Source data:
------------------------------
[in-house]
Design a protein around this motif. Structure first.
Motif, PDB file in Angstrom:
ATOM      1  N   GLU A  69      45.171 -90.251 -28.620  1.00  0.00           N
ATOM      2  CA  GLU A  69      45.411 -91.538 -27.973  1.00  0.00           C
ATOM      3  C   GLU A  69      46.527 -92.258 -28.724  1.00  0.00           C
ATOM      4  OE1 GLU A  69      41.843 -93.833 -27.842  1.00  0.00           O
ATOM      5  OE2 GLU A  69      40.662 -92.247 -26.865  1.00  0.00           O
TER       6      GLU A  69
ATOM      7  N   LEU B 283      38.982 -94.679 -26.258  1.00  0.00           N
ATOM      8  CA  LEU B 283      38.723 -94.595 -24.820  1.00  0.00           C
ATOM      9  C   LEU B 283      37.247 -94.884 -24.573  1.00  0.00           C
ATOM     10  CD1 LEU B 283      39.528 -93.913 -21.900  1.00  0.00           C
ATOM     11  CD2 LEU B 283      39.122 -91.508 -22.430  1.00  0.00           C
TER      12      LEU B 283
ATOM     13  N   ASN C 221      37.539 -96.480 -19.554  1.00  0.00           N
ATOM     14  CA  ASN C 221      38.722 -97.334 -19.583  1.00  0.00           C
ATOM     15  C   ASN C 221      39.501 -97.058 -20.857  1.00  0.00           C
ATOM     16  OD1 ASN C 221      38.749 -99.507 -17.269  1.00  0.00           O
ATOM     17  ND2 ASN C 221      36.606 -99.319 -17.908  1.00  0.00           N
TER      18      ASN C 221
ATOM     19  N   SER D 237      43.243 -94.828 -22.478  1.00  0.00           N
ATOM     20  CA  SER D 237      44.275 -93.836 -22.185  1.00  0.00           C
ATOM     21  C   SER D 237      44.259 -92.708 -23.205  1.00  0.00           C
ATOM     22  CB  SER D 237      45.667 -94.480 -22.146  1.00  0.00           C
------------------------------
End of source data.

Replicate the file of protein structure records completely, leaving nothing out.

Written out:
[in-house]
Design a protein around this motif. Structure first.
Motif, PDB file in Angstrom:
ATOM      1  N   GLU A  69      45.171 -90.251 -28.620  1.00  0.00           N
ATOM      2  CA  GLU A  69      45.411 -91.538 -27.973  1.00  0.00           C
ATOM      3  C   GLU A  69      46.527 -92.258 -28.724  1.00  0.00           C
ATOM      4  OE1 GLU A  69      41.843 -93.833 -27.842  1.00  0.00           O
ATOM      5  OE2 GLU A  69      40.662 -92.247 -26.865  1.00  0.00           O
TER       6      GLU A  69
ATOM      7  N   LEU B 283      38.982 -94.679 -26.258  1.00  0.00           N
ATOM      8  CA  LEU B 283      38.723 -94.595 -24.820  1.00  0.00           C
ATOM      9  C   LEU B 283      37.247 -94.884 -24.573  1.00  0.00           C
ATOM     10  CD1 LEU B 283      39.528 -93.913 -21.900  1.00  0.00           C
ATOM     11  CD2 LEU B 283      39.122 -91.508 -22.430  1.00  0.00           C
TER      12      LEU B 283
ATOM     13  N   ASN C 221      37.539 -96.480 -19.554  1.00  0.00           N
ATOM     14  CA  ASN C 221      38.722 -97.334 -19.583  1.00  0.00           C
ATOM     15  C   ASN C 221      39.501 -97.058 -20.857  1.00  0.00           C
ATOM     16  OD1 ASN C 221      38.749 -99.507 -17.269  1.00  0.00           O
ATOM     17  ND2 ASN C 221      36.606 -99.319 -17.908  1.00  0.00           N
TER      18      ASN C 221
ATOM     19  N   SER D 237      43.243 -94.828 -22.478  1.00  0.00           N
ATOM     20  CA  SER D 237      44.275 -93.836 -22.185  1.00  0.00           C
ATOM     21  C   SER D 237      44.259 -92.708 -23.205  1.00  0.00           C
ATOM     22  CB  SER D 237      45.667 -94.480 -22.146  1.00  0.00           C